While you may not remember the names, Dr. Charlie Miller and Chris Valasek, you may recall what they did in 2015. They were the two researchers who exposed the cyber-security holes in the FCA/Chrysler connectivity system that left their vehicles vulnerable to cyber-attacks.
Miller and Valasek famously conducted a test whereby they hacked into a Jeep’s system and took command of many of the vehicle’s controls – remotely – while it was traveling down a freeway. (The full story is definitely worth reading – click here) In further tests, by hacking remotely they could disable or slam on a victim’s brakes, turn the steering wheel or, in some cases, cause unintended acceleration.
As Dr. Miller points out, with the ever-growing race to autonomy, the risk for cyber-attacks on vehicles is a paramount issue. Connectivity in vehicles will be essential to their automation, leading to computer systems having far greater control over the vehicle’s function than they already do today. Automated vehicles in the future likely will not have a steering wheel or pedals, which in some cases could be used to take back control, leaving occupants entirely at the mercy of the hacker. While we are not ready to reach that level of automation with our vehicles yet, preparations must be made.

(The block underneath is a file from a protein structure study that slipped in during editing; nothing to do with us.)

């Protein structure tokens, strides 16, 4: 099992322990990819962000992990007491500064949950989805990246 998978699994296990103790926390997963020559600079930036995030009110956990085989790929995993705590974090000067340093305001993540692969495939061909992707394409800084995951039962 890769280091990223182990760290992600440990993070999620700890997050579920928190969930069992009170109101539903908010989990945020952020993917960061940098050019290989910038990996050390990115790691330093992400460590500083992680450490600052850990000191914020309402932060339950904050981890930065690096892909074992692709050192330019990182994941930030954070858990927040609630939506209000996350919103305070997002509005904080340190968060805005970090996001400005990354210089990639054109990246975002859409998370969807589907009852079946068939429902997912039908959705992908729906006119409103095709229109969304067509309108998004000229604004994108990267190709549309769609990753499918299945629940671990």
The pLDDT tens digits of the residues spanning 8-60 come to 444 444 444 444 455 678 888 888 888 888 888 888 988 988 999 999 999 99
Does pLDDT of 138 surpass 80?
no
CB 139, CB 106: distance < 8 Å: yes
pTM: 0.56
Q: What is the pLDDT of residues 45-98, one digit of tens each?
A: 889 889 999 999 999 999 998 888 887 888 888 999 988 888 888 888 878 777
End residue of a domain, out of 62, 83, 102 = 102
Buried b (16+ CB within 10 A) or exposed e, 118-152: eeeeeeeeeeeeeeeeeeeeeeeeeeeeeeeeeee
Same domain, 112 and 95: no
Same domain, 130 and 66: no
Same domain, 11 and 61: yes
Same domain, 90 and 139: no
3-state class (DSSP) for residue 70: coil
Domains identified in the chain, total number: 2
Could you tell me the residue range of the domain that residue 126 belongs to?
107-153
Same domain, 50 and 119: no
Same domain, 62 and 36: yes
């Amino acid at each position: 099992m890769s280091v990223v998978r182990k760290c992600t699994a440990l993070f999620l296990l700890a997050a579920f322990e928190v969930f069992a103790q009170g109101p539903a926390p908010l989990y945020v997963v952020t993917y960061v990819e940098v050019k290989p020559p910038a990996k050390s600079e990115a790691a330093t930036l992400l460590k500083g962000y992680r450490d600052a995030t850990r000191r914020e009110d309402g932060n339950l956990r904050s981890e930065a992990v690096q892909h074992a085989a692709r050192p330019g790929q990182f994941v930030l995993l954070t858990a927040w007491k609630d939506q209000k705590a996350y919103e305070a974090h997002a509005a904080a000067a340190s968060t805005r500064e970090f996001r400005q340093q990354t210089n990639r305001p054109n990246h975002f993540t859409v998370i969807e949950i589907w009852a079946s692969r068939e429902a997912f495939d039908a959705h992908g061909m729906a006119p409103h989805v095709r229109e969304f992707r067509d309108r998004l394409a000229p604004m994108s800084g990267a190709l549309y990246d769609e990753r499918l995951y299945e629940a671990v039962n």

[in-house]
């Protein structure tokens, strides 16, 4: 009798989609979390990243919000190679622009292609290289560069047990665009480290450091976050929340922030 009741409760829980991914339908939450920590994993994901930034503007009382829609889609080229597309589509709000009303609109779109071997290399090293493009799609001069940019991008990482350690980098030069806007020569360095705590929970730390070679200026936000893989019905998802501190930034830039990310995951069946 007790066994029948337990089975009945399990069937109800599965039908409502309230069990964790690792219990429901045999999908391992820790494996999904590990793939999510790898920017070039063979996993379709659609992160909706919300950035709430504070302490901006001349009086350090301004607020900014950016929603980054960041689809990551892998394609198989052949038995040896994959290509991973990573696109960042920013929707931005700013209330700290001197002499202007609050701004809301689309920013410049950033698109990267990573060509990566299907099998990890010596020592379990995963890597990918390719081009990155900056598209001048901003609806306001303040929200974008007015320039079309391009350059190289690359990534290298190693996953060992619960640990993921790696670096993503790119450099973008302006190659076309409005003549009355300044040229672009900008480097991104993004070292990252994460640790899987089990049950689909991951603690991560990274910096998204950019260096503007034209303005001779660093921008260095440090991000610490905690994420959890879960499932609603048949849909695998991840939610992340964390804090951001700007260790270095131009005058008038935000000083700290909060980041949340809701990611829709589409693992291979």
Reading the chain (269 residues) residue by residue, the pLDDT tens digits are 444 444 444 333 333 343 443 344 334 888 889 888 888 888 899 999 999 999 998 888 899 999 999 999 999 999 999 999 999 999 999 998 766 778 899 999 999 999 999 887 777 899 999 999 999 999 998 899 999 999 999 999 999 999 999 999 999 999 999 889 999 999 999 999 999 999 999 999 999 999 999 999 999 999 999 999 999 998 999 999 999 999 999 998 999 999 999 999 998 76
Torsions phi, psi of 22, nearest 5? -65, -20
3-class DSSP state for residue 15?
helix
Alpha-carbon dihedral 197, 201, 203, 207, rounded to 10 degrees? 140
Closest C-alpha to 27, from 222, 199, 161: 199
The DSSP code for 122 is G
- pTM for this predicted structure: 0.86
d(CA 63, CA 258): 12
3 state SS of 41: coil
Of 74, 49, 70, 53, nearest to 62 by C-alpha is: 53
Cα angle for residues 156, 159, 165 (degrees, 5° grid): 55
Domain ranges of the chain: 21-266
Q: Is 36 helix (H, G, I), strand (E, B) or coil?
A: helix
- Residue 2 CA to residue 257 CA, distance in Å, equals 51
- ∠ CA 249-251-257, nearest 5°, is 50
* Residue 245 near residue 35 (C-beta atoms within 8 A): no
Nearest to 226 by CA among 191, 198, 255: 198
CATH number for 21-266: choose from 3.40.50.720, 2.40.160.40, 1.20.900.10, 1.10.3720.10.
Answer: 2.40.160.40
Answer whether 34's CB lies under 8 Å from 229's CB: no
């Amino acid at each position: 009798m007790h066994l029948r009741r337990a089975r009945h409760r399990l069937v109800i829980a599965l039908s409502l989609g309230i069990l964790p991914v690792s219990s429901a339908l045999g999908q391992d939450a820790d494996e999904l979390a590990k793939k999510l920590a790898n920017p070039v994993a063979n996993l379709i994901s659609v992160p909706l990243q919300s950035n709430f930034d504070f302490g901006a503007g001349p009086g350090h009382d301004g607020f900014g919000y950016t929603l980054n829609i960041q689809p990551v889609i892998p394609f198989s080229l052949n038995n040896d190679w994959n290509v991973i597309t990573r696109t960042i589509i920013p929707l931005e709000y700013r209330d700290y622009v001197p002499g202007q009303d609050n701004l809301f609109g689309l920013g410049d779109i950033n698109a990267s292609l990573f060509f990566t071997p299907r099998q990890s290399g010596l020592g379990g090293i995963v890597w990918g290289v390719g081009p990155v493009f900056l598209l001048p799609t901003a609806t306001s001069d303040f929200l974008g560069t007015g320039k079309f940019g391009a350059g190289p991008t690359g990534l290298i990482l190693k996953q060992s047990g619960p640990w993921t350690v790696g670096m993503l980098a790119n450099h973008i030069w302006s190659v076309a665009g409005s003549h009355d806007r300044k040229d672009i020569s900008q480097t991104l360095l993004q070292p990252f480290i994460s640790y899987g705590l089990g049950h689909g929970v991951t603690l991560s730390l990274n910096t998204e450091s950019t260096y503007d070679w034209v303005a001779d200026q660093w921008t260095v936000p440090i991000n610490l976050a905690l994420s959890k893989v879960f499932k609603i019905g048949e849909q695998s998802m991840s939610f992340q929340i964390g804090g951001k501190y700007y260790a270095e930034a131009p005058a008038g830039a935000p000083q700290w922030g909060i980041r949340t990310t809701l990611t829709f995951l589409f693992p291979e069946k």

Dr. Miller has been addressing these issues head-on. He claims that fundamental changes must be made to truly secure these systems and has proposed several fixes. To limit vulnerabilities, Miller has suggested a ”codesigning” system that prevents messages that did not originate from the system from being run. This is done by utilizing cryptographic keys to determine the trustworthiness of the message. The codesigning system which Miller and Valaseck have prototyped would prevent the car from following commands that it recognizes as being foreign, and would block the message from being acted out by the vehicle, as well as alerting the passengers of the anomaly.
If you are interested in more information about the future of autonomous vehicles, email Shawn Harrington at CrashAxe@arcca.com.